Each day brings added pressure for City Council and County Commission members, scheduled to meet July 16 and 17, respectively, to decide which location to grant $60,000 in matching funds for this year’s Homeless Men’s Cold Weather Shelter. After months of reporting and reflection, on commentary and data contributed from Corvallis residents — from the homeless community to local leadership, and neighbors of each proposed site — we at The Corvallis Advocate consider the CSC building on Second Street as the best fit location for this year’s emergency cold weather sheltering and homeless services. However, we do not view this site as a permanent solution.
Second Street’s frontrunning alternative, an 11-acre property behind the Pepsi plant in North Corvallis, was recently proposed by business owner Rich Carone. This site’s location was not released before the City’s public hearing on the shelter matter, and the City has not scheduled to take public testimony concerning this site. This site’s proposal was rushed, so plans for it are not as clear, other than it will need considerable preparation. Though the location itself presents concerns for siting an emergent shelter, it offers excellent opportunity for deeper level future solutions, like supportive and transitional housing.
We hope that Carone and his investors — having already planned for $4 million in funds for the Northern site — will deeply consider continued funding and development of the property for longer term housing, in the event that it’s not chosen as the location for this year’s Men’s Cold Weather Shelter.
Why Second Street? Service Providers Weigh In
In summary of all we’ve heard from HOAC Manager Shawn Collins, the Second Street location has seen the most prep work and service integration planning for this year’s cold weather shelter. The property already has plans for integrated services of Stone Soup and The Drop-In Center, whereas the North site wouldn’t be able to accommodate Stone Soup until late 2019. In fact, some of the prep work had already started on the Second Street site.
Without integrated services, Collins has concerns about the clients’ ability to get dinner at St. Mary’s and make it back to the North shelter in time to check in.
“If it was a choice between sleeping outside and missing a meal, they would choose to miss the meal,” said Collins. As Collins has formerly stated, a downtown shelter would be most effective in meeting the homeless where they’re at, which is downtown.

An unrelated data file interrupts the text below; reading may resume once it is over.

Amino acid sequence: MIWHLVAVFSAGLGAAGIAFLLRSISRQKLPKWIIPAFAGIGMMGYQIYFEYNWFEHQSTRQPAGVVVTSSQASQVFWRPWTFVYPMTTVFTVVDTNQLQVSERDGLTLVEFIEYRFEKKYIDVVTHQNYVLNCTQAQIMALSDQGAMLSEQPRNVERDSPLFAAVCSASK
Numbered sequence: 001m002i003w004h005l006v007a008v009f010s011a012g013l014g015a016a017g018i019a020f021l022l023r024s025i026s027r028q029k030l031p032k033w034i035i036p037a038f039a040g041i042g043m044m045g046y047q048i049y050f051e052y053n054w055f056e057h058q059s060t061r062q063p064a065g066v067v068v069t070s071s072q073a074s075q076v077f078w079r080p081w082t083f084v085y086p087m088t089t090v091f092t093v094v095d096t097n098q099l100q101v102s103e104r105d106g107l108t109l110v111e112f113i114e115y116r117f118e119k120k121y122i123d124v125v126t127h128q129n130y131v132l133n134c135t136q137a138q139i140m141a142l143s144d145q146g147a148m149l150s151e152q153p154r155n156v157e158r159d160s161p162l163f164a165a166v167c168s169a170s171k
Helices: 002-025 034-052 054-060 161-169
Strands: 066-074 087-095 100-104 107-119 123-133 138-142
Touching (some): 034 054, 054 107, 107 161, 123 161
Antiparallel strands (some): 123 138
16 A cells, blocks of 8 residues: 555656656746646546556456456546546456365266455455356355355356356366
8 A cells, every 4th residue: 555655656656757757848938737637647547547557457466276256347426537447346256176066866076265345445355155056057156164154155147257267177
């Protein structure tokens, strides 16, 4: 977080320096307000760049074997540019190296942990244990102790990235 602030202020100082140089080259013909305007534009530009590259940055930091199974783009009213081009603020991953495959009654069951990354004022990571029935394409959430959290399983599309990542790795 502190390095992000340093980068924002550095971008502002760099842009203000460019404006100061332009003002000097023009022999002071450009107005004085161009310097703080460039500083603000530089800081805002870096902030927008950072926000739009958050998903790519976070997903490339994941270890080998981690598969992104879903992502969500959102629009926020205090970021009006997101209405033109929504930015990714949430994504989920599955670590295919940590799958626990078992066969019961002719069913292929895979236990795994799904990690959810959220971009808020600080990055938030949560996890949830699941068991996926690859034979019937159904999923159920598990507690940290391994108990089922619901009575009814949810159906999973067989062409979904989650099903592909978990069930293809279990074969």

Aleita Hass-Holcombe, president of the Drop-In center, feels that the Second Street location would best compliment her organization’s mission.
“We still feel that Second Street is the best location for the guests we serve,” said Hass-Holcombe. “Most of them walk-in; it would be good to have access to other services [in the area]. Also, we know that the best practice is to have people intersecting with other people in the community, instead isolating them in another place.”
Though a state-level decision, the translocation of DHS services to 53rd Street could be considered a loss to those without means of transportation. Downtown is some distance away, however significantly closer than the proposed North site.
Collins has yet to tour the North facility, but plans to soon. He acknowledges that the building is fairly new, and may not need much augmentation, but the lack of a construction timeline this late in the game adds uncertainty to the situation. He worries that starting a totally new project might not produce a habitable shelter in time. He has a known timeline for the Second Street building, which has seen a halt in improvements following the proposed alternatives.
The Second Street location is already properly zoned, thus likely to be ready for the Nov 1 opening date. The North site has yet to attain proper permits and could face interference by neighboring residents choosing to appeal. There are arguments that current zoning does allow use of the North site for at least the shelter, but our review shows it could be challenged, most especially for the long-term plan of the site.
Collins and HOAC are committed to minimizing neighborhood impact. Last year’s shelter saw success in treatment of over a handful of clientele, plus no major crimes. Though theft and loitery were later reported by last year’s neighbor, the South Corvallis First Alternative Co-op, these incidents were unbeknownst to Collins at the time they occurred, affording him no opportunity to respond proactively.
The Second Street location could be a shot at redemption after a failed Forth Street location under former management saw repeated disturbances and instances of harassment to neighboring business owners, employees, and customers by shelter clientele.